On December 27, 2012, the US Patent & Trademark Office published a major patent application from Apple that reveals more of their total SIM solution that may have played a role in The European Telecommunications Standards Institute (ETSI) choosing their design back in June.
Last month we reported on Apple & Google being the top tech leaders in harnessing solar energy. In a new patent application published by the US Patent Office this morning, we discover that Apple has invented a new on-demand system to harness stored wind energy. More specifically, Apple's patent relates to techniques for storing rotational energy from a wind turbine as heat and using the stored heat to subsequently generate electricity on demand.
BrightWire, a business-to-business resource for portfolio managers, has reported that the Taiwan based China Times has been told that Apple has shifted orders for its important flip-chip chip scale package for ARM chips from Samsung's SEMCO to Taiwanese printed circuit board maker Unimicron Technology Corp. It's another move by Apple to decrease its business with Samsung for slavishly copying their products. The report goes on to state that Unimicron had started small-scale shipments in 4Q 2012 and will shift into mass production when their new plant is launched sometime in 2013.
Samsung, who likes to play up their poor little company routing in the press by continually stating that they just want Apple to stop suing them and focus on innovation rather than litigation, has stumbled on their own PR shoe laces of late. We reported earlier this week that the European Commission informed Samsung of its preliminary view that the company's seeking of injunctions against Apple for allegedly infringing "standard-essential" patents in the EU amounts to an abuse of a dominant position. Then the news came to light that Samsung launched a new lawsuit against Apple in a Korean court over software followed by a report that Samsung is now on the warpath against Ericsson requesting a ban on their products. Just looking back to late November and you'll also see that Samsung filed suit against LG Display claiming that seven of their OLED patents were invalid. Clearly Samsung's one time good-guy routine is quickly waning. Not only do they believe in offensive litigation as a viable strategic tactic against their competitors, they also believe in turning the knife in their backs by abusing their dominant position with essential patents as confirmed by the EU Commission. At the end of the day, Samsung's good-guy routine is officially toast.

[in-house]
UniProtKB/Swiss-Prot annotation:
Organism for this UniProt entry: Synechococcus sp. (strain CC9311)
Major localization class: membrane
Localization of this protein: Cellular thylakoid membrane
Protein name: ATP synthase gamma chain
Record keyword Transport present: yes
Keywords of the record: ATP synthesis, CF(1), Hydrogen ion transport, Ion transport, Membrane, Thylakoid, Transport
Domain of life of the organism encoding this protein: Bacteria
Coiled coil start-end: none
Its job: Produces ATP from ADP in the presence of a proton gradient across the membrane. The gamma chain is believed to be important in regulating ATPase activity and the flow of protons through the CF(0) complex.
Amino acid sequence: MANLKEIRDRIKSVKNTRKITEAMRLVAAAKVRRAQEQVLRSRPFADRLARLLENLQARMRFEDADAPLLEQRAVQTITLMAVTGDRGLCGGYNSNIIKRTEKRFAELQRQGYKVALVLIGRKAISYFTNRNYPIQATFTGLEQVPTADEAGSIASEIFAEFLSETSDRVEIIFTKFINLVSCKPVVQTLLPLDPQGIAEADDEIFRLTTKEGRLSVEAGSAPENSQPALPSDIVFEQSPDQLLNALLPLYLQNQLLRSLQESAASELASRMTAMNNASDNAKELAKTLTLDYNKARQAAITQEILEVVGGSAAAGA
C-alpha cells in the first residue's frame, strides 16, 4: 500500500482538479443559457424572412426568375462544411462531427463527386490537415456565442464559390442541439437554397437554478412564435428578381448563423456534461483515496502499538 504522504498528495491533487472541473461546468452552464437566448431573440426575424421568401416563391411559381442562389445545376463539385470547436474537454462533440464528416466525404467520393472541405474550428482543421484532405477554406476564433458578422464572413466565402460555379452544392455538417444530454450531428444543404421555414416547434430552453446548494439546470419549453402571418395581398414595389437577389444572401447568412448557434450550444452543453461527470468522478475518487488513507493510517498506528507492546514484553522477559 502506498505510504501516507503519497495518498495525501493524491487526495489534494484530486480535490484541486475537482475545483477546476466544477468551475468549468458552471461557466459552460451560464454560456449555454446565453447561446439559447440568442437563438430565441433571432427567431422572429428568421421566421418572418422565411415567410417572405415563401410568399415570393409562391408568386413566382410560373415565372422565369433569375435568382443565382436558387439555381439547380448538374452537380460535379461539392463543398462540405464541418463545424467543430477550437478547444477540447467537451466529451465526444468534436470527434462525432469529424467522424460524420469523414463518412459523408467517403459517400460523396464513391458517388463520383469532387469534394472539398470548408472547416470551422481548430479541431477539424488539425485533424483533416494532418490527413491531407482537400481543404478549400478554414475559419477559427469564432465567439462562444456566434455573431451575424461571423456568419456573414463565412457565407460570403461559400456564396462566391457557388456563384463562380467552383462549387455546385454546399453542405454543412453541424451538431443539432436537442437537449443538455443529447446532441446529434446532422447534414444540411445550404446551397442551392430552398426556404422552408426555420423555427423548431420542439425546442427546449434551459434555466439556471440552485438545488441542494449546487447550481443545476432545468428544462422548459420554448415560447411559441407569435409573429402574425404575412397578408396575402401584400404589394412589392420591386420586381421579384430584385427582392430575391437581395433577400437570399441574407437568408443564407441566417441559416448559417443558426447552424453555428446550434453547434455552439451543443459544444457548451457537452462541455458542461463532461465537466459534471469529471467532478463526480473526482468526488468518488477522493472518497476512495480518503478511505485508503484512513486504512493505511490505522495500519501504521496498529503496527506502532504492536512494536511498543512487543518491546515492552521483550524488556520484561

In September, NPD DisplaySearch estimated that Apple would ship 8 million iPad mini units in 2012 and 20 million for all of 2013. Then earlier this week the news came to light that that Apple will greatly expand the iPad mini's production in 2013 due to bringing on more capacity via Pegatron. Today, DigiTimes is reporting that Taiwan-based supply chain makers confirm that Apple will indeed ship 8 million iPad mini units but could have shipped 12 million if Apple would have been able to secure enough displays. The good news is that Taiwan's supply chain suppliers expect Apple to ship 13 million iPad minis in Q1 2013 alone, which will easily sail past the 20 million mark for all of 2013 as forecasted earlier by NDP DisplaySearch.
Apple Wins Patents Relating to a Super-Thin USB Connector, the iMac's Housing, 4G LTE Technology & 25 More
The US Patent and Trademark Office officially published a series of thirty-six newly granted patents for Apple Inc. today. In our last patent report of the day we briefly cover patents relating to a super-thin USB connector and the iMac's housing. We also link to two 4G LTE patents that Apple gained form Nortel earlier this year and close out our report by providing you with a grand list of the remaining twenty five granted patents issued to Apple today.